Ward Room
Covering Chicago's nine political influencers

Tapes Portray Foul-Mouthed, Brooding Governor

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    NEWSLETTERS

    Jurors in the Rod Blagojevich corruption case got an inside look Wednesday at the emotions they never saw on TV when Rod Blagojevich was governor: a brooding insecure Rod, and an angry, foul-mouthed, and seemingly vindictive first lady.

    Deputy governor Bob Greenlee described an absentee governor who only came to the office "two to eight hours a week," and was so averse to bad news, he once hid in the rest room to avoid his own budget director.

    [Justice.gov:  Audio / Exhibits]

    In a call from Nov. 4, 2008, Blagojevich tells Greenlee he is furious with advisor Doug Scofield, for telling him he shouldn't appoint himself Senator. And he adds something of a low opinion of his constituency.

    "I f---ing busted my ass and pissed people off and gave your grandma a free ride on the bus! I gave your f---ing baby a chance to have health care! And what do I get for that? Only 13 percent of you all out there think I'm doing a good job! So f--- all of you!"

    But there was a Senate seat to fill. On December 4, 2008, Blagojevich told staffers he was warming to the idea of Jesse Jackson Jr. A new poll had indicated Jackson had much higher support in the black community than Lisa Madigan, who had been Blagojevich's first choice because he hoped to cut a deal with her father, the powerful House Speaker.

    Incredulous aides reminded Blagojevich in a phone call secretly recorded by the government, that Jackson had politically double-crossed him before. But the governor told them that this time he was being offered something different.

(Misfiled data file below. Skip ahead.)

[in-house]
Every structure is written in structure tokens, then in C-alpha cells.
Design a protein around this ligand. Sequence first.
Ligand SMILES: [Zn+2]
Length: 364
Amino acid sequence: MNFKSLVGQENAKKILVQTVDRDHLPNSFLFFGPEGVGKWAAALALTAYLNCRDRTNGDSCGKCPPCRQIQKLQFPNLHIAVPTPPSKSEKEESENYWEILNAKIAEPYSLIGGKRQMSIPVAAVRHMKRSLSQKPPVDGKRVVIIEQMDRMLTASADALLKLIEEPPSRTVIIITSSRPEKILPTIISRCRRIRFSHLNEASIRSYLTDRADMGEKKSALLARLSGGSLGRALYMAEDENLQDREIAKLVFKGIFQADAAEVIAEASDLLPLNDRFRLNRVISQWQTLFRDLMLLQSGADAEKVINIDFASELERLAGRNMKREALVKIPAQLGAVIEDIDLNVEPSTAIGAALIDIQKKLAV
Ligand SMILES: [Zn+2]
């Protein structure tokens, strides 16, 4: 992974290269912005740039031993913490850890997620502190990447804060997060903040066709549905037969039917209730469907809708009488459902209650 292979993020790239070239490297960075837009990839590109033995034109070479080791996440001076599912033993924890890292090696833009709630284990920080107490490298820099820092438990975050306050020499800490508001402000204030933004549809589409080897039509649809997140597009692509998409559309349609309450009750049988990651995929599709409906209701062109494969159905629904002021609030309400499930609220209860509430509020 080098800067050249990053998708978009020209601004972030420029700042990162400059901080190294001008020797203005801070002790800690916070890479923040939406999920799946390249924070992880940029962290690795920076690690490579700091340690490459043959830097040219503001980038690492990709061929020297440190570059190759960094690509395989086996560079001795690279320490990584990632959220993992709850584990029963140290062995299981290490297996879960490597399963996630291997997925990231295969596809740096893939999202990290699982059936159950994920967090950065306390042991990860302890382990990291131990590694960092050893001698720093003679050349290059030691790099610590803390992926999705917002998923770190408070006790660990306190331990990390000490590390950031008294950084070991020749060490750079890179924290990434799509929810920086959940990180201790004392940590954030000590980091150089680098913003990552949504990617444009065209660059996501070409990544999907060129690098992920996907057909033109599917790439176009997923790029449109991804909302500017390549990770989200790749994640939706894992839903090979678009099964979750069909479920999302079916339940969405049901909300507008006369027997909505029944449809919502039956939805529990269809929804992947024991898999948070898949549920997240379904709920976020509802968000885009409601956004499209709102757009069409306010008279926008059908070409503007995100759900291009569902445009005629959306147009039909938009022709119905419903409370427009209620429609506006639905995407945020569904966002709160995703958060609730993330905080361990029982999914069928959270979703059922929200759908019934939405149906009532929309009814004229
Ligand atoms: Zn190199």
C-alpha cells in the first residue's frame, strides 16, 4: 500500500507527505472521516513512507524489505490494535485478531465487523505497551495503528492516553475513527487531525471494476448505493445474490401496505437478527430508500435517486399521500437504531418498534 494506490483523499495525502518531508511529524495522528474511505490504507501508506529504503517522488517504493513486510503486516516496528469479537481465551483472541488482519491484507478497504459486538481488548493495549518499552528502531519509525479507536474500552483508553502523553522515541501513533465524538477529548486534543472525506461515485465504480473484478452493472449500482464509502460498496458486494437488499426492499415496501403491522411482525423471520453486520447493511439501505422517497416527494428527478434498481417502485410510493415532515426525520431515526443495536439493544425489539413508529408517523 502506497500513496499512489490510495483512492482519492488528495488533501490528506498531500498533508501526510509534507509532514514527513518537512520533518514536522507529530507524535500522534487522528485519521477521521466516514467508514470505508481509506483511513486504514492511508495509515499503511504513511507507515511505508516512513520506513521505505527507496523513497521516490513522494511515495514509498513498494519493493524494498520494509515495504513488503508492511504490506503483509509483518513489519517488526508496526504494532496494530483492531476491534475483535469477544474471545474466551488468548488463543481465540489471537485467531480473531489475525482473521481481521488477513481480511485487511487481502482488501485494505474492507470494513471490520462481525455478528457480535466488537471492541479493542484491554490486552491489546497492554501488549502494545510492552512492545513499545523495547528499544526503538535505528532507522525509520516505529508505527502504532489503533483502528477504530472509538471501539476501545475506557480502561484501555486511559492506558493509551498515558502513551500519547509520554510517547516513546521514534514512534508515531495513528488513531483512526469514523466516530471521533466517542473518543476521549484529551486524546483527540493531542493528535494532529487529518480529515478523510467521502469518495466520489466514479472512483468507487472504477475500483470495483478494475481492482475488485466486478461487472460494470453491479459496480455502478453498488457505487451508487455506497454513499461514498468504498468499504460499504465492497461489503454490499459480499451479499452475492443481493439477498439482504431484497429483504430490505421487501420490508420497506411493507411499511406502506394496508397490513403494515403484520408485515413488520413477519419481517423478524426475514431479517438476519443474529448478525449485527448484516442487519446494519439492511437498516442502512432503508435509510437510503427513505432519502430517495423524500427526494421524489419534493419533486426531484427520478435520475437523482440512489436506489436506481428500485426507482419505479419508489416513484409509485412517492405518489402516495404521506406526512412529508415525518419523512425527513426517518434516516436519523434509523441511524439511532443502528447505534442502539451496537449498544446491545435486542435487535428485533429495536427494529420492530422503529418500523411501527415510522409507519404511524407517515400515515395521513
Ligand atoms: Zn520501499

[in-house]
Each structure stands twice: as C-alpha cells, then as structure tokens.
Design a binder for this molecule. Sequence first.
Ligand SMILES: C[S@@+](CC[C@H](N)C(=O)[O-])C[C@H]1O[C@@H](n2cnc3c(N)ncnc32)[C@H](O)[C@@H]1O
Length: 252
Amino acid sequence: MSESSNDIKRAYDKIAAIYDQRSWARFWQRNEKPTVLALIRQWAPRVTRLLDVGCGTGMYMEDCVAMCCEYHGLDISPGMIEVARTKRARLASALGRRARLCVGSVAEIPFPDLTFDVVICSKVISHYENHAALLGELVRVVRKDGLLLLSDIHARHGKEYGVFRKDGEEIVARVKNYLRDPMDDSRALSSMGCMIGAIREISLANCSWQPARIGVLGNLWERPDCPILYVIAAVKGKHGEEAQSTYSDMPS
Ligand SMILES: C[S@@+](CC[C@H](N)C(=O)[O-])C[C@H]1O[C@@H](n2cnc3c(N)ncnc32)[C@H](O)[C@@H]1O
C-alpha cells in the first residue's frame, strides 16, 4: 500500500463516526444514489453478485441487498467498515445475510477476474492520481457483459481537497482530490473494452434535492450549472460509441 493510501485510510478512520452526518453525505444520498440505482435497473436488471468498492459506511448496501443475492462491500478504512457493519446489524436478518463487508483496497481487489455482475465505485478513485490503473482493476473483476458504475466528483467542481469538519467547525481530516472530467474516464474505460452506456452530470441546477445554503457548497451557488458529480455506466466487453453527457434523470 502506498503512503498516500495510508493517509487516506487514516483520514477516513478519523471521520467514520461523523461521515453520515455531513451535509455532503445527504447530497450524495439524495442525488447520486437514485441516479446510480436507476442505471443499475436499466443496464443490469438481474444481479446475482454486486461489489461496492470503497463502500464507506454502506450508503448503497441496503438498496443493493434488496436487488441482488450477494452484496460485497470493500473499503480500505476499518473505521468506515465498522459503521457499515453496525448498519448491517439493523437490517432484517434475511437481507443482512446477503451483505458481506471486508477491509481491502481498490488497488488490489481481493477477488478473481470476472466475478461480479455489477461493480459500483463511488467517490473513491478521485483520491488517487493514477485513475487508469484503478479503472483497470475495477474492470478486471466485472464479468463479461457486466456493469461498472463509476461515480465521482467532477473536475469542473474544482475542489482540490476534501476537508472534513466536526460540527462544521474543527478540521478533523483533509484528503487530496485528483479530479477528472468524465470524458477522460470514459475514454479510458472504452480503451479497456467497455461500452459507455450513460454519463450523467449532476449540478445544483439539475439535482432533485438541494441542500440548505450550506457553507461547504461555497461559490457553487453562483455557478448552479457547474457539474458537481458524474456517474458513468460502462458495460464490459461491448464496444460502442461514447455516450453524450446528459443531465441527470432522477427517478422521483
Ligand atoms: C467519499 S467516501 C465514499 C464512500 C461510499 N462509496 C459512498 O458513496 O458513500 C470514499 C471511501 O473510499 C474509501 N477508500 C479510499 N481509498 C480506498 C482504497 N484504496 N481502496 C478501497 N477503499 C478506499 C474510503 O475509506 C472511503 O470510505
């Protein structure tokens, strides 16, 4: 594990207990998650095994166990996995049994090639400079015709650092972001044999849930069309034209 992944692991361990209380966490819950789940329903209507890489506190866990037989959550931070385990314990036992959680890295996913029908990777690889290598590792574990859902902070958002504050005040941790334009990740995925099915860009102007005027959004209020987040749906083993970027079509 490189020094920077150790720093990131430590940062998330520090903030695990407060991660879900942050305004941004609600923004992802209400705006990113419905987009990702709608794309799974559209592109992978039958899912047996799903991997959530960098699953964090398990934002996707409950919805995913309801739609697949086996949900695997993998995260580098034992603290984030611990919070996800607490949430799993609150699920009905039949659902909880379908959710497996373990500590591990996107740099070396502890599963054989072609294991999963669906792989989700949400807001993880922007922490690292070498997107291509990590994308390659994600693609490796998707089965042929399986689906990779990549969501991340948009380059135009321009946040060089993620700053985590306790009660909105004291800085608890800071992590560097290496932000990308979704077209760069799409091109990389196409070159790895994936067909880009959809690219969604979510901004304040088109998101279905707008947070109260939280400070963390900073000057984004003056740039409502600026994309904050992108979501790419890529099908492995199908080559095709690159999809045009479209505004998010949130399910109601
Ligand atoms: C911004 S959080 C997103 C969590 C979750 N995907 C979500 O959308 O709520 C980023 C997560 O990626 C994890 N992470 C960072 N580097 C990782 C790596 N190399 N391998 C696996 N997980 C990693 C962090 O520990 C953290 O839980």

There's tangible concrete stuff from supporters," he said, apparently referring to the million dollars plus Jackson supporters had offered in exchange for his appointment.

    "You know, specific amounts and everything. And while, you know, I don't know if all of that is achieveable, there is, some of it, up front!"

    Later in that conversation, Blagojevich says, "Jesse Jackson wants it badly! And he's the only one willing to offer other stuff!"

    When his advisors continue to express doubts, Blagojevich suggests Jackson may offer the best all-around alternative.

    "I can cut a better political deal with him. Trust and verify. Which means you need, and you need some down payment and all the rest, if you want to be cynical. And with them, you need a lot of down payment!"

    In other developments Thursday:

    • Blagojevich tells advisors that former school board chief Gery Chico would be the best pick for the Senate job. "But Gery does nothing for me!"
       
    • Greenlee breaks the news to the governor that Barack Obama's staff specifically asked him not to attend their victory celebration in Grant Park. The Blagojevich press staff obtains an invitation for their boss, only after they promise that the governor will not use it.
       
    •  Blagojevich fully expected to be impeached in the spring of 2009. He called House minority leader Tom Cross "gutless" and "spineless". He believes his own father-in-law has threatened to run a candidate against Senate President John Cullerton unless he moves forward with impeachment.
       
    • Jurors heard the beginning of what is expected to be the coup de grace for prosecutors: allegations that Blagojevich held up an adjustment of medicare reimbursements to squeeze a campaign contribution out of Children's Memorial Hospital. That story is expected to be the last tale to unfold, before the prosecution rests on Tuesday.